Somehow: it worked. Or something worked. Maybe it was the letter; maybe Meadows isn’t so blase about the possibility of a federal indictment as Bannon seems to be; maybe the Committee didn’t want to go to the mattresses on this one. Whatever the cause, the result is at least a temporary, partial truce.
So now Meadows will cooperate, to some extent. Of course, we still don’t know how this’ll go in practice. What happens when the Committee asks an important question about Trump that Meadows doesn’t want to answer, or a question that Meadows claims is protected by executive privilege? Maybe the Committee just glides past it and makes do without the information, or maybe they end up in a standoff that scuttles the deal or lands in court. But the bottom line is that, for the Committee, some cooperation from Meadows is preferable to none at all.
It’s now becoming clear that the universe of Trump-loyal January 6 witnesses will break down into two categories. You’ve got, on one hand, the true believers, the conspiracy theorists, the MAGA-for-lifers: Bannon and Clark for sure, likely to be joined at some point by Stone, Michael Flynn, Stephen Miller, Alex Jones, John Eastman.
And then you’ve got the still generally Trump-loyal folks who are a bit more prison-averse, who would like to avoid criminal charges while also preserving their reputations as at least semi-reasonable participants in our governmental system. Meadows leads the way here, and we’ll see if others join him in agreeing to at least some cooperation with the Committee — perhaps Kayleigh McEnany, Dan Scavino, Kash Patel, and others.
Keep in mind, the Committee has obtained extensive information from non-controversial sources. They’ve interviewed over 150 witnesses in total, including former DOJ and White House officials. And the Committee has fought hard in court, quickly, to obtain key internal White House documents, over Trump’s executive privilege objections. The parties argued that case in the Court of Appeals this week. I listened to it and, while I try to avoid outright predictions, I’ll make one here: the Committee will win this one in the Court of Appeals. (The big question, then, will be whether the Supreme Court takes it up next).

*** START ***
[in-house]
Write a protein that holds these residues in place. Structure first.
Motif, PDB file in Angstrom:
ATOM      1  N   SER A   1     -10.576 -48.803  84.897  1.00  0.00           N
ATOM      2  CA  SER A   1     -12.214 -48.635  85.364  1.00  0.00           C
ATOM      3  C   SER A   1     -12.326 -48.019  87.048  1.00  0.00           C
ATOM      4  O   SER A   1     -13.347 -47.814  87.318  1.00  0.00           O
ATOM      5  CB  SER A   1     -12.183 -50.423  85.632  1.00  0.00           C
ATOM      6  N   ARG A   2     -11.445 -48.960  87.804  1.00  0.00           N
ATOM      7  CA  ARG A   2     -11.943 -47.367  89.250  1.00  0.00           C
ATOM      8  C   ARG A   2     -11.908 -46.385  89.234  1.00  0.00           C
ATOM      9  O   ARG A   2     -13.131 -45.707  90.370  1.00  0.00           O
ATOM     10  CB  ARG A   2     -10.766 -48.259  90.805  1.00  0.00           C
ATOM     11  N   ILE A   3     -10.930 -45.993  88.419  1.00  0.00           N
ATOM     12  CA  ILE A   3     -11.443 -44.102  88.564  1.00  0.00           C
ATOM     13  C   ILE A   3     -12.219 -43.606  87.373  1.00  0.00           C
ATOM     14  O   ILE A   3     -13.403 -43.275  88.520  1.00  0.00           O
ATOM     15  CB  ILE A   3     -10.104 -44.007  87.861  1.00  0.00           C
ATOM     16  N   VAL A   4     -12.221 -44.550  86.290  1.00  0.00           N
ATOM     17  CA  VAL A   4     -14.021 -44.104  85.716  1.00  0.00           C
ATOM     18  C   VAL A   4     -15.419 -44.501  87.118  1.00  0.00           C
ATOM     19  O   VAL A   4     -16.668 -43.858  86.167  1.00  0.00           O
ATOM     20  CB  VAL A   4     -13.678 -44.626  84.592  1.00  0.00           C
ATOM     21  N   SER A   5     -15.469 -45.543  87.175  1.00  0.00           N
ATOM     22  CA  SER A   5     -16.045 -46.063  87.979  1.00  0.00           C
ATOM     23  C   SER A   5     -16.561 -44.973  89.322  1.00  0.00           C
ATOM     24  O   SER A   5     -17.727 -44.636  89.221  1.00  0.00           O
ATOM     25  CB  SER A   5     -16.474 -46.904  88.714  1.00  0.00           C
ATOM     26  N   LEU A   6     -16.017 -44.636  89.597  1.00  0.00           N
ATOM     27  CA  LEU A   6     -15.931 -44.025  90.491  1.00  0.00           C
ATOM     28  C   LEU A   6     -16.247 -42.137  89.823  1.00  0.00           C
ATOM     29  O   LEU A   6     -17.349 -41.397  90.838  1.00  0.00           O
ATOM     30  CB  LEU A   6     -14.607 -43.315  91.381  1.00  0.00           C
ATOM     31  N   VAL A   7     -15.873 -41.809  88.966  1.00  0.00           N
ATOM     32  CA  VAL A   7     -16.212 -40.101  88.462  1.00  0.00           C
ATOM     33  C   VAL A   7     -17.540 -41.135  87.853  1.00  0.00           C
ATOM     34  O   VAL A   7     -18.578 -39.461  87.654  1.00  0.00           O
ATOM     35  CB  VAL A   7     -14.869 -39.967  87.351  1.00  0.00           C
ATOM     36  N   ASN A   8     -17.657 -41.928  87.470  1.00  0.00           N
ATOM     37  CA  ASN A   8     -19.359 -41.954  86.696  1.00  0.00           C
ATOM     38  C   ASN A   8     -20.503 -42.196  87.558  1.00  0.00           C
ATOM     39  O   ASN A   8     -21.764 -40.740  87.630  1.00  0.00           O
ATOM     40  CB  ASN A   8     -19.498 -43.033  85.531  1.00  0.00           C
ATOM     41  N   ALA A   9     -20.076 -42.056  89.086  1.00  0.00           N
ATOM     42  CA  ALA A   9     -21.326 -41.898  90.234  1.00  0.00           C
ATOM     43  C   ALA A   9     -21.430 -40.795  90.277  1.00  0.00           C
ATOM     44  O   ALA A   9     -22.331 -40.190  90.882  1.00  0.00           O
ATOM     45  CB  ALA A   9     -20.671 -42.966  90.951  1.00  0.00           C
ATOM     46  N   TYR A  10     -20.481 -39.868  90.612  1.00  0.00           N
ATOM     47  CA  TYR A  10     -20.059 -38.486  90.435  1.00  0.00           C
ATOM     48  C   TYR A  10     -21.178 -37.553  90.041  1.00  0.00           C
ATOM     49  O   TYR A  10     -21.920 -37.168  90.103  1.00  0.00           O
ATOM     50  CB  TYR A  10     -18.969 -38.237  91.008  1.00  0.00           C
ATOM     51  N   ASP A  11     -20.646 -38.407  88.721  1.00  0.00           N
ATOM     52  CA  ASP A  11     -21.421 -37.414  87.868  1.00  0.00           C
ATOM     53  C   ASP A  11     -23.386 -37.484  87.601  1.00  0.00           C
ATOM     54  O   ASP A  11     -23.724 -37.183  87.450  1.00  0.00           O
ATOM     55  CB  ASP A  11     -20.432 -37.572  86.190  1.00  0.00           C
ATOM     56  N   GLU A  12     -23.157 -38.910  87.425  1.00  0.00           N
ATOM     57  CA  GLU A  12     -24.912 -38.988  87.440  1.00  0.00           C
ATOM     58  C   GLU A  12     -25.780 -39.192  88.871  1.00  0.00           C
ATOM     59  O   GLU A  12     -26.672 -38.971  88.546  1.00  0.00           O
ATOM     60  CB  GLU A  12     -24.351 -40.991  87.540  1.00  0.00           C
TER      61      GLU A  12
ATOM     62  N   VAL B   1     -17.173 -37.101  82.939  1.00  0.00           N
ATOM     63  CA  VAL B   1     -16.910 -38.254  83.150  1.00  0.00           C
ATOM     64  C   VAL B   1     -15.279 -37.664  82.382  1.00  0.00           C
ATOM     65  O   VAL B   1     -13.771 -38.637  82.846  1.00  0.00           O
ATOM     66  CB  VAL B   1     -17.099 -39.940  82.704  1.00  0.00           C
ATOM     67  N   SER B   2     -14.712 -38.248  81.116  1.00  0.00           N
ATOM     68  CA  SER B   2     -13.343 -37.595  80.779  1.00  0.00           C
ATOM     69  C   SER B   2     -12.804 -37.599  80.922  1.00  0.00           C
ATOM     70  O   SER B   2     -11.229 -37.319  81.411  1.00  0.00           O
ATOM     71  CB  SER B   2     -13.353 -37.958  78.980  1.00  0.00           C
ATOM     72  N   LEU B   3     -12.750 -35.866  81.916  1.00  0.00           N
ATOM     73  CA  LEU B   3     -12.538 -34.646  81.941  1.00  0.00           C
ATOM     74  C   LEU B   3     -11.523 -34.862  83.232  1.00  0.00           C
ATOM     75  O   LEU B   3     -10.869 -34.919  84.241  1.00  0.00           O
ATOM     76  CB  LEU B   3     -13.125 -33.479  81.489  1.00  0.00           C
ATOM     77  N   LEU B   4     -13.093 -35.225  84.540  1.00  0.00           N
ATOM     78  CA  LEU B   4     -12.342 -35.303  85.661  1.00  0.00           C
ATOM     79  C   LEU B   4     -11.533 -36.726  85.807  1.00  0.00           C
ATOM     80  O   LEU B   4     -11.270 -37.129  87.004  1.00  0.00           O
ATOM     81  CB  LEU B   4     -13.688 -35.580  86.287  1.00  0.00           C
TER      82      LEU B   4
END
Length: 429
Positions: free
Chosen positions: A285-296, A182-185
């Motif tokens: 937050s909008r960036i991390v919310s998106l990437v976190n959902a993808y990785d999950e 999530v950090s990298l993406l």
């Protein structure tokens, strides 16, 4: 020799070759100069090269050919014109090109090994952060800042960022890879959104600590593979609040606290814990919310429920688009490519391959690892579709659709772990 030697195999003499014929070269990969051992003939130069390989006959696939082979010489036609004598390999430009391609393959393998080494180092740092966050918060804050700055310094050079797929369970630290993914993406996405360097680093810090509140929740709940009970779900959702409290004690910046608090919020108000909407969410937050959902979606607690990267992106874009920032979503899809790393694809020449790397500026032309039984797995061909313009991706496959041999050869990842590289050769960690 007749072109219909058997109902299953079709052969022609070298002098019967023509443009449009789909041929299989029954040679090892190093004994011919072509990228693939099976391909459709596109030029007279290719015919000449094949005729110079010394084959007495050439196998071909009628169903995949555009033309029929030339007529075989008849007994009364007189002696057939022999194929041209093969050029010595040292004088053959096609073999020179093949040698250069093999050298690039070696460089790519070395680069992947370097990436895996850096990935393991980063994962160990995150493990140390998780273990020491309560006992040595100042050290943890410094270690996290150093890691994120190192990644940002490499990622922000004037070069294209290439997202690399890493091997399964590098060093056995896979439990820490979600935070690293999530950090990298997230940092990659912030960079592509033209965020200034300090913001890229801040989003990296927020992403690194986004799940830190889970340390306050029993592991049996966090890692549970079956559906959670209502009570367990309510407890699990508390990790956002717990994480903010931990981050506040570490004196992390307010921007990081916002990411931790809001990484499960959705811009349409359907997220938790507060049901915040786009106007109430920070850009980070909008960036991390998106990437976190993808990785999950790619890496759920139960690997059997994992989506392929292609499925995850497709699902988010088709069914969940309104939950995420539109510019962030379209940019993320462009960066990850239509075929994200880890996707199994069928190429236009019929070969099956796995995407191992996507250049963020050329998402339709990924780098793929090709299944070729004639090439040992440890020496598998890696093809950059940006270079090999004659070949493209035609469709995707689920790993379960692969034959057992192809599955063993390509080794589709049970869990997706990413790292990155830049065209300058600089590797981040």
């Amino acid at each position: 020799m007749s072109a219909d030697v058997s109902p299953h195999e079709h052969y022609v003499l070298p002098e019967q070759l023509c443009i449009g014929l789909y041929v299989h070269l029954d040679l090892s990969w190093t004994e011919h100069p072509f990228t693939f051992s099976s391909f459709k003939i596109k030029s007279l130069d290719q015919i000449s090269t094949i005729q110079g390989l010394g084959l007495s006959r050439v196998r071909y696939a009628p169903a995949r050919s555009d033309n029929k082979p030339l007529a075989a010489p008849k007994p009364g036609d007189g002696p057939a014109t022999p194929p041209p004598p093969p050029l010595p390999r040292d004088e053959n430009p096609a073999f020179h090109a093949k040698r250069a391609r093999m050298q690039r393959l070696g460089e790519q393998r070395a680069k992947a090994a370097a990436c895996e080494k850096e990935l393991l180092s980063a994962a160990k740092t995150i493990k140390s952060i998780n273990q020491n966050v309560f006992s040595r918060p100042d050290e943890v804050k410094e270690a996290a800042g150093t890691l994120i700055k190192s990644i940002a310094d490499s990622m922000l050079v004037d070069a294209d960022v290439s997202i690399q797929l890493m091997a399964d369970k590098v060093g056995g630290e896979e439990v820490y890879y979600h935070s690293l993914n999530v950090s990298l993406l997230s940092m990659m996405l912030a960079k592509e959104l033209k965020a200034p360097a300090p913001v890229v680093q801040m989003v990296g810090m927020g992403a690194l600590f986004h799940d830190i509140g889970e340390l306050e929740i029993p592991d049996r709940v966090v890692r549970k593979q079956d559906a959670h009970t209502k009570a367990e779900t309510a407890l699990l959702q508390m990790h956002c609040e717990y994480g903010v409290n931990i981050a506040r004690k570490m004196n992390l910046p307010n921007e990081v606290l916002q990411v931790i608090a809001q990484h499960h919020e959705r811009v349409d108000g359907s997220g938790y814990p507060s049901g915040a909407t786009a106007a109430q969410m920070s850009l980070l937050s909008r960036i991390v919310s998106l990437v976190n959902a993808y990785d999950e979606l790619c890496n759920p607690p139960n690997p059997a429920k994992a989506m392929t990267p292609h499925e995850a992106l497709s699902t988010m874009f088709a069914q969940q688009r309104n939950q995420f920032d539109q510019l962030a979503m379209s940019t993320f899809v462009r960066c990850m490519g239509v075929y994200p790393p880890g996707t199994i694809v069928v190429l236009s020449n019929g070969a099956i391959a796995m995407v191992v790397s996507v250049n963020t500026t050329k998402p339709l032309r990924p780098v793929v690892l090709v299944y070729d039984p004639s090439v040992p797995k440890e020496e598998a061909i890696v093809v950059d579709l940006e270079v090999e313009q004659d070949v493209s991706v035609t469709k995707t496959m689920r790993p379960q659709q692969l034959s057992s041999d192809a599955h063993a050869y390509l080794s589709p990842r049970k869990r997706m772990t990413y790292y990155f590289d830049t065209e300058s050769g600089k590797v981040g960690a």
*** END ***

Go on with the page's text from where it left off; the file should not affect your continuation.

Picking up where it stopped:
We’re now eleven months removed from the January 6 attack. Time is of the essence, and will run out if the Democrats lose control of the House next year, which seems likely, given historical precedent. But after a slow start, the Committee recently has made appropriately aggressive, good faith efforts to obtain key records and testimony, even from hesitant witnesses. They’ve dropped the hammer — at least the only hammer available to them — by going after Bannon and perhaps Clark for contempt. And they’ve reached a seemingly reasonable accommodation with Meadows, perhaps with others to follow. Time is short, and the terrain remains uneven. But, by and large, the Committee is making palpable progress towards the truth.